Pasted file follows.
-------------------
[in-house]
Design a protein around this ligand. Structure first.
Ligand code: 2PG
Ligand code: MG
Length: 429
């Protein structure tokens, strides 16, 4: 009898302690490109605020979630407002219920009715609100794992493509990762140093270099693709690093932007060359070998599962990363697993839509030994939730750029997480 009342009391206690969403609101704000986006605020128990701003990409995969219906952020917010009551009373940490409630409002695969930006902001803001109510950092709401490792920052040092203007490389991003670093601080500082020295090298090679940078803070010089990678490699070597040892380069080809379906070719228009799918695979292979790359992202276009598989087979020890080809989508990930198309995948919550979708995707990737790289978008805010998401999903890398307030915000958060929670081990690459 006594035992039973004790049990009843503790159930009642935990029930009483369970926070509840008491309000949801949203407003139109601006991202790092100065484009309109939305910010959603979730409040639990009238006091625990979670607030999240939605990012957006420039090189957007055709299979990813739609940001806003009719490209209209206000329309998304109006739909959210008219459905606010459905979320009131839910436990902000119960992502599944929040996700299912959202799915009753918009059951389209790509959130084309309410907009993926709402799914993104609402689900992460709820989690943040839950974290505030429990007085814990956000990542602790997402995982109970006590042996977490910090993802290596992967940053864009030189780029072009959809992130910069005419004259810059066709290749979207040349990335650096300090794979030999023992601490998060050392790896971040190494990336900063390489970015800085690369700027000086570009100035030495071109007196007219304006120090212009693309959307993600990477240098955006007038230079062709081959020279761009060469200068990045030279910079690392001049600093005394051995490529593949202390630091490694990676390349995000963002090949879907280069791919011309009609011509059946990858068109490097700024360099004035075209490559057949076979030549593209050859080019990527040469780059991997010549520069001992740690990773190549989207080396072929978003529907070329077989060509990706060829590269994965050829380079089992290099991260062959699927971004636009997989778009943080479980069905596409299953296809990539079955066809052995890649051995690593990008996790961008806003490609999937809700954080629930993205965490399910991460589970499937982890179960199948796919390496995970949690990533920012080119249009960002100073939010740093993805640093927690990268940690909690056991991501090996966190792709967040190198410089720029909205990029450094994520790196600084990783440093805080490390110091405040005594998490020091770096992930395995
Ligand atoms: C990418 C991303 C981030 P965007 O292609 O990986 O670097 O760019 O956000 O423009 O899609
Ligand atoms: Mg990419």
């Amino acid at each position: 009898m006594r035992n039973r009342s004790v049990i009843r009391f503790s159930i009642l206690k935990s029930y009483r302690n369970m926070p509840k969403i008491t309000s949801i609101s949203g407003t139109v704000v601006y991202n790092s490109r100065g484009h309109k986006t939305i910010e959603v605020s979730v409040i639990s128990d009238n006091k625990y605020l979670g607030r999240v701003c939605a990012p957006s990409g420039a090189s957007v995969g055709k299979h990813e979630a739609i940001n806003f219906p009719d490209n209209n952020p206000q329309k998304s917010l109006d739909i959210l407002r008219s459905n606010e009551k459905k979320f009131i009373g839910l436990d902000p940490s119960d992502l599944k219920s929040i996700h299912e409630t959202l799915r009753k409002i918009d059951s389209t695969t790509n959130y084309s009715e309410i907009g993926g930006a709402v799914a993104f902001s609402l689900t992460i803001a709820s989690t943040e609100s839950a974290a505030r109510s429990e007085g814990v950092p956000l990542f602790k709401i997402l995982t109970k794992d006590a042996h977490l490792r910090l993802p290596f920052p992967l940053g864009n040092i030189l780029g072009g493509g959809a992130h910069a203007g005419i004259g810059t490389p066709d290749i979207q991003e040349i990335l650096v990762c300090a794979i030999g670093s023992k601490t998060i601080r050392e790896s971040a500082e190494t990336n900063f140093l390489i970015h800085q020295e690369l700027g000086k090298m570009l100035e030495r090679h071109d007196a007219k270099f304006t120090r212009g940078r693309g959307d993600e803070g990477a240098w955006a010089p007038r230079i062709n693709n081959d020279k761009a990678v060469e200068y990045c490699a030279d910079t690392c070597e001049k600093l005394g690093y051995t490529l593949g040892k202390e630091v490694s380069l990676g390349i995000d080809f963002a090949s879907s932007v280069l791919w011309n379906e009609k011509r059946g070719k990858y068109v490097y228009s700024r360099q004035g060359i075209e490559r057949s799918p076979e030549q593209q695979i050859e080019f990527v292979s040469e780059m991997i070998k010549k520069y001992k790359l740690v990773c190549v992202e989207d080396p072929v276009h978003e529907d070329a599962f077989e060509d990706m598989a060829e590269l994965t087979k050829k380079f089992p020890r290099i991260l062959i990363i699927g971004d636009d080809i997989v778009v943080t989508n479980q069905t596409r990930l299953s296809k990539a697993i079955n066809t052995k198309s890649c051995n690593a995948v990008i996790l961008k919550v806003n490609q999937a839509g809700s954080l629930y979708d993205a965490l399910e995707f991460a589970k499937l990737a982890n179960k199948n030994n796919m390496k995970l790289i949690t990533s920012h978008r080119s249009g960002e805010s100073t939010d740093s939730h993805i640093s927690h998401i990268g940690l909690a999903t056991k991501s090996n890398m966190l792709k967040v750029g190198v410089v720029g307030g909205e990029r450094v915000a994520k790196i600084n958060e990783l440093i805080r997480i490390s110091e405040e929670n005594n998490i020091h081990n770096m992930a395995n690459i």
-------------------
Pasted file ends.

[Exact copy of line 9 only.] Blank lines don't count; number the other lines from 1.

């Amino acid at each position: 009898m006594r035992n039973r009342s004790v049990i009843r009391f503790s159930i009642l206690k935990s029930y009483r302690n369970m926070p509840k969403i008491t309000s949801i609101s949203g407003t139109v704000v601006y991202n790092s490109r100065g484009h309109k986006t939305i910010e959603v605020s979730v409040i639990s128990d009238n006091k625990y605020l979670g607030r999240v701003c939605a990012p957006s990409g420039a090189s957007v995969g055709k299979h990813e979630a739609i940001n806003f219906p009719d490209n209209n952020p206000q329309k998304s917010l109006d739909i959210l407002r008219s459905n606010e009551k459905k979320f009131i009373g839910l436990d902000p940490s119960d992502l599944k219920s929040i996700h299912e409630t959202l799915r009753k409002i918009d059951s389209t695969t790509n959130y084309s009715e309410i907009g993926g930006a709402v799914a993104f902001s609402l689900t992460i803001a709820s989690t943040e609100s839950a974290a505030r109510s429990e007085g814990v950092p956000l990542f602790k709401i997402l995982t109970k794992d006590a042996h977490l490792r910090l993802p290596f920052p992967l940053g864009n040092i030189l780029g072009g493509g959809a992130h910069a203007g005419i004259g810059t490389p066709d290749i979207q991003e040349i990335l650096v990762c300090a794979i030999g670093s023992k601490t998060i601080r050392e790896s971040a500082e190494t990336n900063f140093l390489i970015h800085q020295e690369l700027g000086k090298m570009l100035e030495r090679h071109d007196a007219k270099f304006t120090r212009g940078r693309g959307d993600e803070g990477a240098w955006a010089p007038r230079i062709n693709n081959d020279k761009a990678v060469e200068y990045c490699a030279d910079t690392c070597e001049k600093l005394g690093y051995t490529l593949g040892k202390e630091v490694s380069l990676g390349i995000d080809f963002a090949s879907s932007v280069l791919w011309n379906e009609k011509r059946g070719k990858y068109v490097y228009s700024r360099q004035g060359i075209e490559r057949s799918p076979e030549q593209q695979i050859e080019f990527v292979s040469e780059m991997i070998k010549k520069y001992k790359l740690v990773c190549v992202e989207d080396p072929v276009h978003e529907d070329a599962f077989e060509d990706m598989a060829e590269l994965t087979k050829k380079f089992p020890r290099i991260l062959i990363i699927g971004d636009d080809i997989v778009v943080t989508n479980q069905t596409r990930l299953s296809k990539a697993i079955n066809t052995k198309s890649c051995n690593a995948v990008i996790l961008k919550v806003n490609q999937a839509g809700s954080l629930y979708d993205a965490l399910e995707f991460a589970k499937l990737a982890n179960k199948n030994n796919m390496k995970l790289i949690t990533s920012h978008r080119s249009g960002e805010s100073t939010d740093s939730h993805i640093s927690h998401i990268g940690l909690a999903t056991k991501s090996n890398m966190l792709k967040v750029g190198v410089v720029g307030g909205e990029r450094v915000a994520k790196i600084n958060e990783l440093i805080r997480i490390s110091e405040e929670n005594n998490i020091h081990n770096m992930a395995n690459i």